Assuming you have found the power button and managed to turn on your new Garmin, the first thing we recommend is:
1. Set up your data screens
It might sound basic, but this is key to getting the right information from your Garmin and it’s dead easy to do. There are loads of different choices: you can change anything from elevation, cadence, courses, distance, speed heart rate and much more. Having these stats en tap when riding is a great way to monitor your riding mid-ride.
2. Sync your sensors
Garmin’s are compatible with various sensors via ANT+ and Bluetooth, which will give you loads of different riding metrics. You can get speed, cadence, heart rate and power sensors via this, which can also mean you can connect to your phone too.
3. Connect via Bluetooth
Bluetooth is what you’ll want to use to hook up your smart phone and sync to Garmin connect, which in turn you can programme to send your stats over to Strava. When you connect your computer and your phone it’ll automatically upload your ride stats. You’ll need to download the Garmin Connect app for your phone and then pair the device with the cycling computer through the Bluetooth settings.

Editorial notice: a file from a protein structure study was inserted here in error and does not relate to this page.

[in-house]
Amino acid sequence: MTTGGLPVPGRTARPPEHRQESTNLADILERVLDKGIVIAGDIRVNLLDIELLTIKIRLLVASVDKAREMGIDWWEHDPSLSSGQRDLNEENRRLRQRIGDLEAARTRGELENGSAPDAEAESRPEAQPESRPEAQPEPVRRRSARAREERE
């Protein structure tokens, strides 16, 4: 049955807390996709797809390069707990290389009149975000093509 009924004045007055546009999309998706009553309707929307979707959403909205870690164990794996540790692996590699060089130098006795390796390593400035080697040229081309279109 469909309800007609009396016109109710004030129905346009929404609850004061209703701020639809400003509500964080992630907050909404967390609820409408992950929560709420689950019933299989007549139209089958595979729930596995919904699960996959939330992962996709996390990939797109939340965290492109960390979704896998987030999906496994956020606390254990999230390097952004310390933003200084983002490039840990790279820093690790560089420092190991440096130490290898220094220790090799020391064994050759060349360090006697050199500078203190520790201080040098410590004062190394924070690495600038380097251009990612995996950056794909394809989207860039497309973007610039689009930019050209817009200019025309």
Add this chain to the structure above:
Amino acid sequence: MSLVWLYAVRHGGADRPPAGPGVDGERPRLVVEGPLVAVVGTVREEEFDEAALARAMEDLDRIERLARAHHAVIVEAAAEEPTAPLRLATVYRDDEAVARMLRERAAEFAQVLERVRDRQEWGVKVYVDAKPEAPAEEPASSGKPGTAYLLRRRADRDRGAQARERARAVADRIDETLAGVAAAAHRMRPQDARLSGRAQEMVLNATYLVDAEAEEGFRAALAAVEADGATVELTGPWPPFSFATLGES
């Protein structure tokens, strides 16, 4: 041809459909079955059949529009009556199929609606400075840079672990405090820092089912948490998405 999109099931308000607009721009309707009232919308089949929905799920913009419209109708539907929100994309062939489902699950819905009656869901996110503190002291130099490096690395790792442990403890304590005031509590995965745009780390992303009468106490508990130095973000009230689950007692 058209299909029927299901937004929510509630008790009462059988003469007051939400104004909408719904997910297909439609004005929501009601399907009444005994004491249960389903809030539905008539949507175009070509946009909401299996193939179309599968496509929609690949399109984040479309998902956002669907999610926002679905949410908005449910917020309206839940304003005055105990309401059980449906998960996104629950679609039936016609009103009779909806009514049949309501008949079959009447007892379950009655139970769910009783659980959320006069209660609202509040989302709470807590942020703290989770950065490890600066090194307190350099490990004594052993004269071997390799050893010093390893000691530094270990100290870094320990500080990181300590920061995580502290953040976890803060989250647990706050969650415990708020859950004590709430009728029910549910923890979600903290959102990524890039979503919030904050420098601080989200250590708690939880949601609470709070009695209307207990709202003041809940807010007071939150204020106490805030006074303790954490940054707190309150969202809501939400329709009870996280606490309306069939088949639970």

4. Get to grips with Garmin IQ
Garmin IQ is what you’ll use to download additional extras for your cycling computer that can help your training, or just generally make it a more enjoyable experience. App compatibility depends on the computer you’re using, but there are loads on offer to improve your ride enjoyment. For example, there’s is even a beer app to calculate how many beers you’ve earnt on that last ride.
5.) Create a route
Most of Garmin’s range, for example the Edge 820, 520, 1000, and 25 are great if you’re riding in new areas as they’re capable of turn by turn navigation and map guidance. Sadly the Edge 20 doesn’t have this feature. You create courses in Strava, upload them to the computer and then follow its instructions on the map page.
For more information and to see us performing the tips, you can watch the video